• Iron and steel slag is present in large volumes, and is known to be an environmental liability. However, it is also a beneficial resource for road construction and has potential for use in the removal of phosphate and nitrogen from waste water and agricultural water
geologic and sample location map

Geologic map and sampling locations near mineral deposits associated with the Duluth Complex in northern Minnesota.
(Public domain.)

Mine Waste Prediction: We will determine how potential mine waste from mining deposits in the Duluth Complex (northeastern Minnesota) may release trace elements into the environment, and inform communities and stakeholders of best mine waste management practices. We will also refine our ability to predict (via mineralogical and chemical studies, as well as reaction pathway geochemical modeling) the potential for silicate minerals in the Duluth Complex ore to neutralize acid. Rocks that host the mineralization in the Complex (and will become the waste during mining) are unusual, in that

  • they are essentially devoid of carbonate minerals — hence they lack carbonate-neutralizing potential, and
  • they have a quantifiable, yet low, acid-generating potential.

However, there is potential for beneficial acid-neutralization from the silicate minerals that make up most of the rock hosting the metals of interest.

scientists on outcrop

Scientists standing on an outcrop of the Ironwood Iron-Formation, Gogebic Iron Range in northern Wisconsin. 
(Credit: Robert Seal II, USGS. Public domain.)

Completed Activity - Environmental Geochemistry to Evaluate Risks Associated with Past and Future Mining in the Lake Superior Region 

This project was a geoenvironmental assessment to support development of responsible mining methods in the unique Lake Superior region. This benefitted all stakeholders in decision-making regarding future mining: land managers, the mining industry, regulatory agencies, non-government organizations, and citizens. We studied the two kinds of deposits most likely to be developed here:

  • nickel, copper, and platinum-group metal deposits in the Duluth Complex of northeastern Minnesota,
  • sediment-hosted copper deposits of the Porcupine Mountains area, Michigan.

Examples of environmental problems we addressed:

  • Do conditions currently exist from metals in waters of unmined mineralized watersheds, that may be toxic to aquatic organisms?
  • Can we make predictions regarding the potential environmental risks from mining and mine waste for these deposits?
geologic map with sample locations

Geologic map and sampling locations for the watershed baseline chemistry and copper toxicity study, near copper deposits in the Porcupine Mountains, Michigan.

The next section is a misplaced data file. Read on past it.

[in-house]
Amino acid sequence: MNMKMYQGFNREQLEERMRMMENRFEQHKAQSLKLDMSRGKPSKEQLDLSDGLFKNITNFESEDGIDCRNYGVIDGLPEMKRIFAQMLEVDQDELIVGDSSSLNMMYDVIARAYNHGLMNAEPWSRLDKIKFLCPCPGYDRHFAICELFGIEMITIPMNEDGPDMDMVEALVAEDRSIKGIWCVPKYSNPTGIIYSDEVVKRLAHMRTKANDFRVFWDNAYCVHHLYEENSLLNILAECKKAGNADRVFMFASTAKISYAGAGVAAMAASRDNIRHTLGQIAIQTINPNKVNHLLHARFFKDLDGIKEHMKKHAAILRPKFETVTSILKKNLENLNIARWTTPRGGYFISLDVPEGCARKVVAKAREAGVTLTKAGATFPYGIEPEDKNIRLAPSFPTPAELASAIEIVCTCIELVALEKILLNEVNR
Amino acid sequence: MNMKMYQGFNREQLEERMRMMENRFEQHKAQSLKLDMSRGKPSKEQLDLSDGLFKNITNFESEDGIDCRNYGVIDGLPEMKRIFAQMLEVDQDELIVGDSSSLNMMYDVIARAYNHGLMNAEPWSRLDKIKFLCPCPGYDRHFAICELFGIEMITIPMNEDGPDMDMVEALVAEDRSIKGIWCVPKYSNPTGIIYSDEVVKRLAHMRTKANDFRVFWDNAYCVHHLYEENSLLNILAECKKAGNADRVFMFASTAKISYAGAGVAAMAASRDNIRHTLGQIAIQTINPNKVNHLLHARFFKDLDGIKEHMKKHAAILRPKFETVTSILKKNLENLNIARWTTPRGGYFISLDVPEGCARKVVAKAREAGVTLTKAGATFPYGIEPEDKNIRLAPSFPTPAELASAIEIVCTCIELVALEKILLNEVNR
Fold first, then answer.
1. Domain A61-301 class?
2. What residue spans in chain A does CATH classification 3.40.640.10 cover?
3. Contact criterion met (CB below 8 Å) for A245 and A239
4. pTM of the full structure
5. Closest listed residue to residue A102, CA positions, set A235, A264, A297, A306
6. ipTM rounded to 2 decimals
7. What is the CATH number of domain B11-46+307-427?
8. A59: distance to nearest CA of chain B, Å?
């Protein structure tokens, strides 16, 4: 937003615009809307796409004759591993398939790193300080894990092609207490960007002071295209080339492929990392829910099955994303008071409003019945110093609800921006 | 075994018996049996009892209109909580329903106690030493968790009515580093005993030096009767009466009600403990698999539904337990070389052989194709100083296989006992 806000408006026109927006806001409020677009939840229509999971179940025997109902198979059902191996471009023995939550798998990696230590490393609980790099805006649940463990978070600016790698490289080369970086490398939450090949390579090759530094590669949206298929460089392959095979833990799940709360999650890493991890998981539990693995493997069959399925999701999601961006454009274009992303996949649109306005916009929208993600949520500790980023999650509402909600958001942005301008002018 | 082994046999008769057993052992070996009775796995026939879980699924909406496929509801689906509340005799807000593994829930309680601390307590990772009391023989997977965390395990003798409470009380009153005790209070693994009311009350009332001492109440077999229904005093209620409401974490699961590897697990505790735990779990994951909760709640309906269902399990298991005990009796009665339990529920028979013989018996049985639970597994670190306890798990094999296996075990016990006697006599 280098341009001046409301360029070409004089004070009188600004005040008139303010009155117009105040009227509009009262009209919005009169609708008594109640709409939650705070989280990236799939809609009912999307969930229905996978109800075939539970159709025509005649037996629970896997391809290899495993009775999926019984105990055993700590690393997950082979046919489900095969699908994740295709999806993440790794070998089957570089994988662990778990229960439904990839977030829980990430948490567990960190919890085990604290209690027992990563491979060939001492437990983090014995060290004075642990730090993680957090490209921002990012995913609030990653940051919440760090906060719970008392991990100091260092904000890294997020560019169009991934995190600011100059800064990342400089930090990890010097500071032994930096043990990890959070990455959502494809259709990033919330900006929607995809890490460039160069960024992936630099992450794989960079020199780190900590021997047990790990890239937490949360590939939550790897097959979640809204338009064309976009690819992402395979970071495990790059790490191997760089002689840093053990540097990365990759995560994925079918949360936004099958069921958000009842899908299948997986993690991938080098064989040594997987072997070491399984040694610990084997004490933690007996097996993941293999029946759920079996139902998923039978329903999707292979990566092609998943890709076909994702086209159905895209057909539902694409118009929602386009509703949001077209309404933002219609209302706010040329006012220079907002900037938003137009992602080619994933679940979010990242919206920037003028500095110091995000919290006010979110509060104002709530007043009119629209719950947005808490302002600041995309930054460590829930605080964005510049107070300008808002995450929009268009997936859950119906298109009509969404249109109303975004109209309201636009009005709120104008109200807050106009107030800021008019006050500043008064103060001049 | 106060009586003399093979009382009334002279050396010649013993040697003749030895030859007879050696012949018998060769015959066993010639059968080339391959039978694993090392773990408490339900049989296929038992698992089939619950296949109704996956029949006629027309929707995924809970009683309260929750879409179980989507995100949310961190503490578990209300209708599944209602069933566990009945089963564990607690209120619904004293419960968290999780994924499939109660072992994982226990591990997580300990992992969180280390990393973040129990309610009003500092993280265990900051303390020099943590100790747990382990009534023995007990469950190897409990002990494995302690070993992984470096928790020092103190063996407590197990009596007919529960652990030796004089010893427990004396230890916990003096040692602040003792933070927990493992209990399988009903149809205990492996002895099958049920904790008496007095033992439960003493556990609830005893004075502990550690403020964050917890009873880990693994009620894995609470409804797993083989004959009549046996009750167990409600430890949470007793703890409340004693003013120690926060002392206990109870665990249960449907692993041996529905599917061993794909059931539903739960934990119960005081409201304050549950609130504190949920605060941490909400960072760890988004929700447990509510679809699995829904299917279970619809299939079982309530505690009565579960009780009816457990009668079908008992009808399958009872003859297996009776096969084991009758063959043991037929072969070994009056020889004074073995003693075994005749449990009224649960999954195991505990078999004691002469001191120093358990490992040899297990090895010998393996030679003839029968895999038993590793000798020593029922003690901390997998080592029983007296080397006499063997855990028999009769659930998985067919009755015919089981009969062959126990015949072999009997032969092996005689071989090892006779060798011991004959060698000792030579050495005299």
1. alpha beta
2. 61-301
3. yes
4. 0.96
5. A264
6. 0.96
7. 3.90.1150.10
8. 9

(Public domain.)

Our results make the planning and permitting process for future mines more efficient, and facilitate a scientifically sound dialog about future mining. Project accomplishments include:

  1. We built a Geographic Information System (GIS) of ecosystem data sets – the basis for dialogue about potential environmental risks associated with future mining. Data layers include geologic, geochemical, hydrologic, climatic, ecological, demographic information.
  2. We sampled and tested surface water and stream sediment in watersheds affected by the two dominant deposit types, for pre-mining baseline geochemical characterization. We coordinated specific sampling areas with the Midwest Area Mining Initiative, for access to water resource data sets that otherwise would have been less than easy to use, and world-class stream gaging data for the affected watersheds. We analyzed different methods used by regulatory agencies for assessing the surface-water toxicity of copper, as well as methods used for assessing metal toxicity in sediments.
    The sulfate budget of these watersheds was of particular interest due to the Minnesota wild rice water-quality standard for sulfate. We compared the stable isotope signatures of dissolved sulfate with known values for mineralized rocks, to fingerprint the sulfate sources.
  3. We developed geoenvironmental models for various deposit types, customized to the Lake Superior region, which include both pre-mining baseline conditions and the signatures associated with mine waste and drainage. These models enable environmental risks to be ranked and addressed. We evaluated how several factors (such as geology, local hydrology, geochemistry, climate) affect trace elements released to the environment from mining. Deposit-specific details included mineralogic hosts of trace elements, acid-base accounting characteristics, and leaching properties of unmined rock, waste rock, and mine wastes.